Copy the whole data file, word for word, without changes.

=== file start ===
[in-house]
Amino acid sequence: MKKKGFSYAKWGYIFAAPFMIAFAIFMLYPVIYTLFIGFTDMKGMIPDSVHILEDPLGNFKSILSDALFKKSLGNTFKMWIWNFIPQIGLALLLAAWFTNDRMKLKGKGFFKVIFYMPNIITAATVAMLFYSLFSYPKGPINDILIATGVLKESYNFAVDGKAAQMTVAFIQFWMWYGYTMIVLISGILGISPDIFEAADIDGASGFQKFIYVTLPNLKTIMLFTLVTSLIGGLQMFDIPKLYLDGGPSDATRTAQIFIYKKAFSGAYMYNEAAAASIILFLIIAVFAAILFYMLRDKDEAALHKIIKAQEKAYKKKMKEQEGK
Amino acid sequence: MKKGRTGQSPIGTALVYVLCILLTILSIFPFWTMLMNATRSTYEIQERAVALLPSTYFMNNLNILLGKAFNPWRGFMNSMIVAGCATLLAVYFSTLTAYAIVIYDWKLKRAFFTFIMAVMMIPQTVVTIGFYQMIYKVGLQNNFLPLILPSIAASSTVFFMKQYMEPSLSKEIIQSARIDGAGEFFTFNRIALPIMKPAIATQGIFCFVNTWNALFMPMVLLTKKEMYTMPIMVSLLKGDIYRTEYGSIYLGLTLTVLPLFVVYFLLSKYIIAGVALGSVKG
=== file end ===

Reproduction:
[in-house]
Amino acid sequence: MKKKGFSYAKWGYIFAAPFMIAFAIFMLYPVIYTLFIGFTDMKGMIPDSVHILEDPLGNFKSILSDALFKKSLGNTFKMWIWNFIPQIGLALLLAAWFTNDRMKLKGKGFFKVIFYMPNIITAATVAMLFYSLFSYPKGPINDILIATGVLKESYNFAVDGKAAQMTVAFIQFWMWYGYTMIVLISGILGISPDIFEAADIDGASGFQKFIYVTLPNLKTIMLFTLVTSLIGGLQMFDIPKLYLDGGPSDATRTAQIFIYKKAFSGAYMYNEAAAASIILFLIIAVFAAILFYMLRDKDEAALHKIIKAQEKAYKKKMKEQEGK
Amino acid sequence: MKKGRTGQSPIGTALVYVLCILLTILSIFPFWTMLMNATRSTYEIQERAVALLPSTYFMNNLNILLGKAFNPWRGFMNSMIVAGCATLLAVYFSTLTAYAIVIYDWKLKRAFFTFIMAVMMIPQTVVTIGFYQMIYKVGLQNNFLPLILPSIAASSTVFFMKQYMEPSLSKEIIQSARIDGAGEFFTFNRIALPIMKPAIATQGIFCFVNTWNALFMPMVLLTKKEMYTMPIMVSLLKGDIYRTEYGSIYLGLTLTVLPLFVVYFLLSKYIIAGVALGSVKG